"I'm ashamed at how long it took me to realize why so many people in my family have been consumed with looking church-ready when they step out the door regardless of time or day."
That Facebook quote came from Phyllis Fletcher, an African-American colleague at KUOW in Seattle. And it reminded me of something my sister once told me when a white friend teased her about taking too long to get ready when they went on joint shopping expeditions. "Why are you getting all dressed up? Just throw on some jeans, like me, and let's go."
"You can do that," my sister pointed out. "Not me." She would then explain that unless black shoppers look, essentially, church-ready, they are served very casually — often after others who came after them — or followed about not-too-subtly by salespeople who insist on "helping" them instead of allowing them to browse on their own until they need help.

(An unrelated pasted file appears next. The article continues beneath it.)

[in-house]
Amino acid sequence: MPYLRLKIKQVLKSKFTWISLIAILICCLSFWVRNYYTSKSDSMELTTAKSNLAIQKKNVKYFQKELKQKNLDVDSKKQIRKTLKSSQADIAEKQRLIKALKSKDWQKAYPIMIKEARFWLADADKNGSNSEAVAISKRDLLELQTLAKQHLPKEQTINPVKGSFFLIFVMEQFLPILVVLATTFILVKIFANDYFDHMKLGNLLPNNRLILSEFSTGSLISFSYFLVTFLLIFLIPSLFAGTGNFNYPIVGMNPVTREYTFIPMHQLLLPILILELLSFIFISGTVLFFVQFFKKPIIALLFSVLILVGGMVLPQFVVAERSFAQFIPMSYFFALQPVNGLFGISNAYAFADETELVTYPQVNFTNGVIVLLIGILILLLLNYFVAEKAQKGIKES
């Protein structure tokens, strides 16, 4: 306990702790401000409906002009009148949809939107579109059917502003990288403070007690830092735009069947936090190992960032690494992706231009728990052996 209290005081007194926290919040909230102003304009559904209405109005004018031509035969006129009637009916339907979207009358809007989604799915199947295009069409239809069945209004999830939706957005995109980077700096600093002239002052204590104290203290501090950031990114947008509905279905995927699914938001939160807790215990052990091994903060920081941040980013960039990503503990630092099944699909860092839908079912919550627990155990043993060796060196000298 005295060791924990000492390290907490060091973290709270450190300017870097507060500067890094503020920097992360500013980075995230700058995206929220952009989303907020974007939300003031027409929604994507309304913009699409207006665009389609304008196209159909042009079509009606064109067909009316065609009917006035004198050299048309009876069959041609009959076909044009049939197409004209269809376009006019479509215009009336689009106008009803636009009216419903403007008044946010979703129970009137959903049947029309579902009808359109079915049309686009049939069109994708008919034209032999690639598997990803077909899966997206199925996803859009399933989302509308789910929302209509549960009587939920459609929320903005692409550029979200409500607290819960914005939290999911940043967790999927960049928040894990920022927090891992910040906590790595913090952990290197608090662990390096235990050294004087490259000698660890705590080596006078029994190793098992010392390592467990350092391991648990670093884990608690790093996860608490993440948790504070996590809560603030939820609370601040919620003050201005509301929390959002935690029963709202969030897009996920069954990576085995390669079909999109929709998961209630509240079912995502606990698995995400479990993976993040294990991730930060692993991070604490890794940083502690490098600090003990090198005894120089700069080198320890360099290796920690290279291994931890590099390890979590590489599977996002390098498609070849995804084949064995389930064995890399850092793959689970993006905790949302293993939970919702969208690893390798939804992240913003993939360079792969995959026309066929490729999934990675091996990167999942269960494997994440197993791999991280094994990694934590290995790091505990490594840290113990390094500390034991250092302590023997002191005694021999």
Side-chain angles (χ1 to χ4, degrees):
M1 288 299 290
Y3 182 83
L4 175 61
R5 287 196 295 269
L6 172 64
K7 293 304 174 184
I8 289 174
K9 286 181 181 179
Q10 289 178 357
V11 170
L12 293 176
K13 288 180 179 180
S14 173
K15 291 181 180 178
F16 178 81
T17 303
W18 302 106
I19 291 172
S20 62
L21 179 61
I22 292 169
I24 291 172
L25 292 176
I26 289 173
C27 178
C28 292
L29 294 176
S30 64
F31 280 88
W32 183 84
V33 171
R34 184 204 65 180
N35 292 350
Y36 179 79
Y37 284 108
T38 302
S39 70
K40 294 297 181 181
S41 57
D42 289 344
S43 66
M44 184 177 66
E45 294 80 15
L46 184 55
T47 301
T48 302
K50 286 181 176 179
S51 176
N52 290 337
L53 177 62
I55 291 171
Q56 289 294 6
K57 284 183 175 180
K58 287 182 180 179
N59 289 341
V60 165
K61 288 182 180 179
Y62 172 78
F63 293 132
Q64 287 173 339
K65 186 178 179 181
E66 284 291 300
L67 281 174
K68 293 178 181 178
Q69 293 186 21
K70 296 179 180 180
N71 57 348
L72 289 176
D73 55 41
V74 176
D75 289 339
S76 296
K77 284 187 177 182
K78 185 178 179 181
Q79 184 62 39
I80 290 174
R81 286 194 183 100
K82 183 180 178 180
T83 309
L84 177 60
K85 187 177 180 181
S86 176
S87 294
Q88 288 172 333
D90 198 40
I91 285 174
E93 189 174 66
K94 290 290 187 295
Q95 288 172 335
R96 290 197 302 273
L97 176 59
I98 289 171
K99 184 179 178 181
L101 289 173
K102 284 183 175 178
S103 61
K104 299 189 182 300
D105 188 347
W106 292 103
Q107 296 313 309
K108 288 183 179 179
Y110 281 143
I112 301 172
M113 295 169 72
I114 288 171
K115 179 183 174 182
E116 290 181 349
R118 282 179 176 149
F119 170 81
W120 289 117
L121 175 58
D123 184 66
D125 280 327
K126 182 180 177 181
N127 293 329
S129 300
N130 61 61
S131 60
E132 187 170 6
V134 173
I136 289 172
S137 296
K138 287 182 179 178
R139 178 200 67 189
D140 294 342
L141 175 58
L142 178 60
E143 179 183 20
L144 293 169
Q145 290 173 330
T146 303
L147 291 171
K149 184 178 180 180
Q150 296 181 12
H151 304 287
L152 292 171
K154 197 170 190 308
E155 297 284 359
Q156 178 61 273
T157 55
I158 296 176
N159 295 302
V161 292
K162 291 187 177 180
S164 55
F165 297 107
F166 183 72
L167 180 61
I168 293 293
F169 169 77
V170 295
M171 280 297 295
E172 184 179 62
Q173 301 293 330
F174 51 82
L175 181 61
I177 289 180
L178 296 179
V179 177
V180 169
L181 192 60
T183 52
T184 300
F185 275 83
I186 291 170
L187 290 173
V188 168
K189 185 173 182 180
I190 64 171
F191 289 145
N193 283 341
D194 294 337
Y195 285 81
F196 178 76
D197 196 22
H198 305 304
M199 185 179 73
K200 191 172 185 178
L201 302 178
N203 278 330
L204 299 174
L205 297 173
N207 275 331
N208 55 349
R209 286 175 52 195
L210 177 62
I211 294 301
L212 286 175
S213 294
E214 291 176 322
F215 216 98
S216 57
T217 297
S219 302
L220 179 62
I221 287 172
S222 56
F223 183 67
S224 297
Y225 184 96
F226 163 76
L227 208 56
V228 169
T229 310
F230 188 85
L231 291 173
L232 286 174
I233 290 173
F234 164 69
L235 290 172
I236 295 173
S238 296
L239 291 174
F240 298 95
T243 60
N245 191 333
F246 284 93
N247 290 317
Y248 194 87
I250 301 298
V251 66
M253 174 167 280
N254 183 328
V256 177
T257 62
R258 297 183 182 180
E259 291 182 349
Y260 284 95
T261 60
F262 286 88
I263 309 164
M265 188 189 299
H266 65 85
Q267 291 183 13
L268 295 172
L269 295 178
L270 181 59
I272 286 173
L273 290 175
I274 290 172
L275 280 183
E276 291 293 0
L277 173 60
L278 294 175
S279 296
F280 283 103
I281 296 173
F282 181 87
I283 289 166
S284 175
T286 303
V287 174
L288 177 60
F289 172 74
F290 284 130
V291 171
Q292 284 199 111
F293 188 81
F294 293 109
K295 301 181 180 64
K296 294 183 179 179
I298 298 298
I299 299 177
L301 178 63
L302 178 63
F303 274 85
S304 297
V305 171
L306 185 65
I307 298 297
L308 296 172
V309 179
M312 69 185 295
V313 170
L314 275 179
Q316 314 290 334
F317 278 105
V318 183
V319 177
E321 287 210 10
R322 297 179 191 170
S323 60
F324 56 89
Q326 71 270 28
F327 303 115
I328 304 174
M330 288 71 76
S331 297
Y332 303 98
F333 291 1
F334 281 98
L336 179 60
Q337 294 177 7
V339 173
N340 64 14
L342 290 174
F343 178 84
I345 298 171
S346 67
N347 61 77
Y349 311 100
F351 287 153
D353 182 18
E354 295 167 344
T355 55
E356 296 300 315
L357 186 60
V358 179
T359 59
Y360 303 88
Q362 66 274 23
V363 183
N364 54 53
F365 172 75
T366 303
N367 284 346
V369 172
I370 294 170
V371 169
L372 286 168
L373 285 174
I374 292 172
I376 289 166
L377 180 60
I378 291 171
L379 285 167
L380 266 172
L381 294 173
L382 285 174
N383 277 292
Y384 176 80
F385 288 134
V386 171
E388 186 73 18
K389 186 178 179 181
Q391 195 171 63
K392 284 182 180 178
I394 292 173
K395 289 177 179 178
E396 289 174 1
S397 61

There is a version of this that black mothers tell their sons: Don't go out of the house with your hoodie flipped up or your pants on your hips. "Their white friends can do it, sure," one mother told me a couple of months ago, "but these young black boys think they live in a world where everything and everyone is the same." On the one hand, she doesn't want to burst that bubble. Things are better than they were when she was growing up. On the other hand, she wants him to live long enough to understand the wisdom behind her worry.
Saturday night was one of those times, when black parents ponder what they'll say when they have that hard conversation with their male children — especially their young men moving toward adulthood. On social media, there is a lot of public agonizing that it has come to this, especially for parents whose children live very integrated lives. But the sad fact remains, the tweets, the Facebook posts say: black boys are still more suspect, and less valued. So looking church-ready may be what saves their lives one day.
They feel a Florida jury has just reinforced why there is a continued need to point this out.
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